It’s the final day of Sketch 101!
Over the past week, you’ve learned and practiced many of the most important commands in Sketch. Here’s a summary of what we’ve covered:
- Installing and licensing Sketch
- Finding our way around Sketch’s interface
- Setting up an artboard
- Zooming in and out
- Renaming elements
- Selection and deselection
- Toolbar customisation
- Setting up a column grid
- Workflow principles
- Keyboard shortcuts
- Using simple shapes
- Editing the points within a shape
- Uniting shapes (Union command)
- Cutting out shapes (Subtract command)
- Alignment tools
- Border and fill settings
- Changing border and fill defaults
- Setting corner radius
- Using text boxes
- Toggling layout guides on and off
- Creating Symbols
- Symbols master view
- Using Symbol overrides
- Locking elements within a Symbol master
- Using the pen tool
- Creating Bézier curves with the pen tool
- Copying and pasting between files
Today’s learning objectives
- Assemble objects and symbols into a unified design
- Setting up a document for export
Reading & doing time: 40 mins (including some polishing up of your layout)
Our final task is to put all of the elements we’ve created into a unified web layout, and then learn how to export that design into a file suitable for sharing, like a PNG image file, or a PDF.
Tutorial: Complete and export your design
1. Assemble your design!
Using everything we’ve learned over the past week, let’s put together all of our design elements into a webpage layout. Remember to use the column guides to organize the layout, and to create Symbols for any repeated elements like buttons and cards. Feel free to get creative with your layout, but if you need inspiration or something to copy from, download our complete example layout Sketch file!
2. Make your design exportable
Exporting in Sketch is nice and easy. To prepare an artboard for export, just select the artboard, and click “Make Exportable” at the bottom of the Inspector.
3. Choose your export size
We can set the export size in a number of ways. Using “1x” (the default) will export a file to the same pixel dimensions as the artboard. “2x” will export it to double the dimensions – this is usually used to create “retina-ready” graphics, meaning they will display properly on high-resolution computer screens that have higher pixel density. We can also size the export using pixel values, e.g. “640px” or “1024px”. For now, let’s go with “2x”.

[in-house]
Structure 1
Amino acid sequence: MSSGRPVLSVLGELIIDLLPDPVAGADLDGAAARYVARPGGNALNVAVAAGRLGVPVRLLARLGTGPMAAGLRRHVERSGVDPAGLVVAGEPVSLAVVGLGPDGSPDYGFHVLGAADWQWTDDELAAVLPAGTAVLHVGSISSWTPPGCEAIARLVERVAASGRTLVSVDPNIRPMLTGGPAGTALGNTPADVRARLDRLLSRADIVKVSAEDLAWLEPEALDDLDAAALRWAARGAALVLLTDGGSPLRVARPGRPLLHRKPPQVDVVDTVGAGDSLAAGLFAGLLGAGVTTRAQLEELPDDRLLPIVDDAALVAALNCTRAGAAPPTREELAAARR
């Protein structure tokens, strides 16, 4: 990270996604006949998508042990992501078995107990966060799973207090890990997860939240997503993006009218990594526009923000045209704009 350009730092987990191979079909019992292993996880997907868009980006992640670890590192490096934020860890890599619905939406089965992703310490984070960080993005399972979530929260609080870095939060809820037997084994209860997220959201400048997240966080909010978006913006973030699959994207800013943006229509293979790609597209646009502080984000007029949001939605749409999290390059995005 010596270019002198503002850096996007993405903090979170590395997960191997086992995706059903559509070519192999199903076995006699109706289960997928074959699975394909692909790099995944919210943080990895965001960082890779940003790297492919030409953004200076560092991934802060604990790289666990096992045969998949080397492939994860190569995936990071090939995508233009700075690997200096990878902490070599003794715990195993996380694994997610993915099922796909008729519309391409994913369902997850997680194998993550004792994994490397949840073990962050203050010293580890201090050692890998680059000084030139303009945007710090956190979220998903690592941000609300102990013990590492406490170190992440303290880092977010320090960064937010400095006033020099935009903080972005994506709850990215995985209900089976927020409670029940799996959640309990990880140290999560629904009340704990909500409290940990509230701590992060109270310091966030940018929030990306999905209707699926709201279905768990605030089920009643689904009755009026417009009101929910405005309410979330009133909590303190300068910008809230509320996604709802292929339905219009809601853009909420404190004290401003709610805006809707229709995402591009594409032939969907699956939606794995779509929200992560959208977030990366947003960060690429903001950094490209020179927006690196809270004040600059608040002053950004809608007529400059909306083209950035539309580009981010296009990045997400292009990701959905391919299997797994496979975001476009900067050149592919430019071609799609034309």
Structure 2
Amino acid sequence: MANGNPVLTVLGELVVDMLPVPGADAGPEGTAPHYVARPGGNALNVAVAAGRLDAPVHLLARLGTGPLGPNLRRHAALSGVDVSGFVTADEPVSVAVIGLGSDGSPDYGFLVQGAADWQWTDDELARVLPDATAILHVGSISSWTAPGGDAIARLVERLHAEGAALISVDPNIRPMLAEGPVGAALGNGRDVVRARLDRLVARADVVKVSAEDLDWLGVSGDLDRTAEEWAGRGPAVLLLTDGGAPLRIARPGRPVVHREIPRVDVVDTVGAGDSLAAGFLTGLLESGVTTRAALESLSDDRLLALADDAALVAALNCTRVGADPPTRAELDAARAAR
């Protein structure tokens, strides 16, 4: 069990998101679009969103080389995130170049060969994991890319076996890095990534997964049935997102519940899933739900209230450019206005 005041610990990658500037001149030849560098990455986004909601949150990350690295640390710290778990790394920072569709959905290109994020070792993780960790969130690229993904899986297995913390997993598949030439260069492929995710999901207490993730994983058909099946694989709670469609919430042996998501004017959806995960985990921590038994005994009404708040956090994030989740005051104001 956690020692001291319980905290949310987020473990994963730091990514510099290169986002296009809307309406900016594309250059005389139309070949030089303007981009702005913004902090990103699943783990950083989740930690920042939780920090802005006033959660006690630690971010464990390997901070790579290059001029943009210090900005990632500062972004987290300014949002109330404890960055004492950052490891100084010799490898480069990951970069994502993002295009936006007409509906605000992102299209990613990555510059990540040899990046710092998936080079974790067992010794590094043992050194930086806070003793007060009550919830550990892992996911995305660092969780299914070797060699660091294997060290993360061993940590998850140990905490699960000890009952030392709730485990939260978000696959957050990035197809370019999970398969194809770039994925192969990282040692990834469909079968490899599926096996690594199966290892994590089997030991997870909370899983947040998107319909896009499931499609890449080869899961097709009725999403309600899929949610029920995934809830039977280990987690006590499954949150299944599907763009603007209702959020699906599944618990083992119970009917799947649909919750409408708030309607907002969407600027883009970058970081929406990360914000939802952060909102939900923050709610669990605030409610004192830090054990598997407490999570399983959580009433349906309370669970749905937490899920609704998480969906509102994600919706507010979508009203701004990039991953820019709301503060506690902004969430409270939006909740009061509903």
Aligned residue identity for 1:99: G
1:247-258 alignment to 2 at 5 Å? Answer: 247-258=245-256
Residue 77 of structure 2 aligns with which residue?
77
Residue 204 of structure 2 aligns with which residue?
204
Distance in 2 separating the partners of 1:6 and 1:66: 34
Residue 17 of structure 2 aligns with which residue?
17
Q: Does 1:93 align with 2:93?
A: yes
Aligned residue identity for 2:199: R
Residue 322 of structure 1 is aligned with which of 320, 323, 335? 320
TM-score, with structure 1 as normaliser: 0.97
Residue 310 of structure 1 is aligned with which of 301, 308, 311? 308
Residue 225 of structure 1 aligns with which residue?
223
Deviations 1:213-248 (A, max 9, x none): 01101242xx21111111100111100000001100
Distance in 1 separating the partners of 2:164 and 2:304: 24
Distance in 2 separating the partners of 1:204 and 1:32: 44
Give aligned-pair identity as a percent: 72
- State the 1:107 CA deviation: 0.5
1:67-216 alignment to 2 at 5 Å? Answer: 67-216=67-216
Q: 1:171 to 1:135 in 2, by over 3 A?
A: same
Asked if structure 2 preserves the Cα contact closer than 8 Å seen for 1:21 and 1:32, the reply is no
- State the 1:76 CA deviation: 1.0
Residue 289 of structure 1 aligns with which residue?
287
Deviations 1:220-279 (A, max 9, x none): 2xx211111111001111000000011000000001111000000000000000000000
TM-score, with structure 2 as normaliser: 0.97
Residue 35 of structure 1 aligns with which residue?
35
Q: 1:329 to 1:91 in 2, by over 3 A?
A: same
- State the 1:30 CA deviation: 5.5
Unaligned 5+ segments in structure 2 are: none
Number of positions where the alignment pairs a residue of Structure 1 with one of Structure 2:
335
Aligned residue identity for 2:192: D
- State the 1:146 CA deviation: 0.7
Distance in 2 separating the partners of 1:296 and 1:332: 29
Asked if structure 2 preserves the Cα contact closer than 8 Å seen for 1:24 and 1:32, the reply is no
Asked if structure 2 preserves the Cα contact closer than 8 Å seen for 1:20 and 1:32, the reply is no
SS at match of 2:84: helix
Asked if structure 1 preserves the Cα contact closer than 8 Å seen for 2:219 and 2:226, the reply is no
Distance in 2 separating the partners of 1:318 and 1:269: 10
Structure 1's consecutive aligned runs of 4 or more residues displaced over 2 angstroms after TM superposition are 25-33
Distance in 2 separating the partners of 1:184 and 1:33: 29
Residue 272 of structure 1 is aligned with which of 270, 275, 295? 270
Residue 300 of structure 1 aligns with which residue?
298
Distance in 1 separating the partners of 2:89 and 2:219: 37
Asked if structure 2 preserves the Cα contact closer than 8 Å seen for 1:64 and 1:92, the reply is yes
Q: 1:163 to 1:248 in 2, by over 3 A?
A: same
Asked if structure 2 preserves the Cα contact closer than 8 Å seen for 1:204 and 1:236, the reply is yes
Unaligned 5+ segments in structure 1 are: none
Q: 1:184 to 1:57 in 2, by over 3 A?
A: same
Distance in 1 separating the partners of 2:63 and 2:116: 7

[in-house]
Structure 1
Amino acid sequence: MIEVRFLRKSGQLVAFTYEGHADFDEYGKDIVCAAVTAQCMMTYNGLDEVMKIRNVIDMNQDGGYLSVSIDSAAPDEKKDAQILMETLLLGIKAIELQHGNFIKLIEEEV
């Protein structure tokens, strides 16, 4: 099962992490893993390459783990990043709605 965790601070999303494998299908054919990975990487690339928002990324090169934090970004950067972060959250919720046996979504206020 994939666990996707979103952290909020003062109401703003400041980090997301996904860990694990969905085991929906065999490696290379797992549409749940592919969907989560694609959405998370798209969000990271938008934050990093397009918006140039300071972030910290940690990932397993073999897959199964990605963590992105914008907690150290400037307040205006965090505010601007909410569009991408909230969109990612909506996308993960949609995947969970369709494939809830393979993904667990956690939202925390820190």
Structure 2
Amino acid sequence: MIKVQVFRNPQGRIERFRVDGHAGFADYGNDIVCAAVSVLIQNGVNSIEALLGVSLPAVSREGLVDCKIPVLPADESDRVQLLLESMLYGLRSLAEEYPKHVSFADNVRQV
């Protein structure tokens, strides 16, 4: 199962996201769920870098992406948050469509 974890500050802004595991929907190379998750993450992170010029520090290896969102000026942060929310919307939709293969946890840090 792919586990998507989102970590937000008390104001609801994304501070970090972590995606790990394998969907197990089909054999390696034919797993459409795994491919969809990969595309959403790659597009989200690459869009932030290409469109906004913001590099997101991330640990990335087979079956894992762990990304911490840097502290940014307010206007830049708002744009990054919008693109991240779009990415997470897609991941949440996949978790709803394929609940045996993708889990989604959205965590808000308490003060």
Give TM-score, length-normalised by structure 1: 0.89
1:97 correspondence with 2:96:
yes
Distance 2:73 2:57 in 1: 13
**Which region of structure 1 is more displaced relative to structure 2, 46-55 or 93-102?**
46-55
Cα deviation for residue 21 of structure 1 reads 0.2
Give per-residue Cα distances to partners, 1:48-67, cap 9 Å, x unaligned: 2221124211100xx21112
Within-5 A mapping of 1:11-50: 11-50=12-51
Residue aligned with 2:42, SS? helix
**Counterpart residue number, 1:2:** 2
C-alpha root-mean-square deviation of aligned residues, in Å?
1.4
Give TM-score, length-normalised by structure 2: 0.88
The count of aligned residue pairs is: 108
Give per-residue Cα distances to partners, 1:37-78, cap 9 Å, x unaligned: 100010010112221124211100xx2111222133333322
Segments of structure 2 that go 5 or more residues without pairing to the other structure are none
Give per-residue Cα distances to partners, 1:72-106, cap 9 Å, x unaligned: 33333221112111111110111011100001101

4. Choose your export format
Sketch offers a number of export file formats. PNG and PDF are the most commonly used for the purposes of sharing files. PNG files are compressed, lossless bitmaps, and are useful for web graphics or adding into documents and emails. They are preferable to JPEGs, because JPEG is a compression algorithm intended for photographs rather than web graphics. PDFs are useful if we want to ensure that text elements within the exported file can still be selected as text.
5. Click “Export” and choose a filename and save location
Your export is complete! If you ever want to export lots of artboards at once, check out the options in the “Share” menu. You can also try out Slices, which allow you to create a special snippet for exporting. To create a Slice, just press [S] and drag around the elements you want to export – they can be within an artboard, outside an artboard, or they can span several artboards!
6. Finally, rename your artboard using today’s date
Remember, if you come back to this in the future to do further work, keep duplicating, renaming and iterating so that you can always go back to earlier versions.
We hope you’ve enjoyed Sketch 101!
Proud of what you’ve achieved? Share your final layout with us on Twitter, using the hashtag #Sketch101!
If you want to learn even more about design and work 1-on-1 with an expert mentor, check out Design 101, our intro to design course. You’ll learn the basics of visual design like color theory, typography, and more!
If you’re thinking more about a career switch, check out UX Academy and schedule a call with our student advisor. We can chat about the in’s and out’s of UX and help you see if a career in UX is right for you.
+ Download our complete example web layout!
+ Have a read through the Ultimate Guide to Sketch on our blog. There are some extra tips and tricks over there to supplement your learning from this course!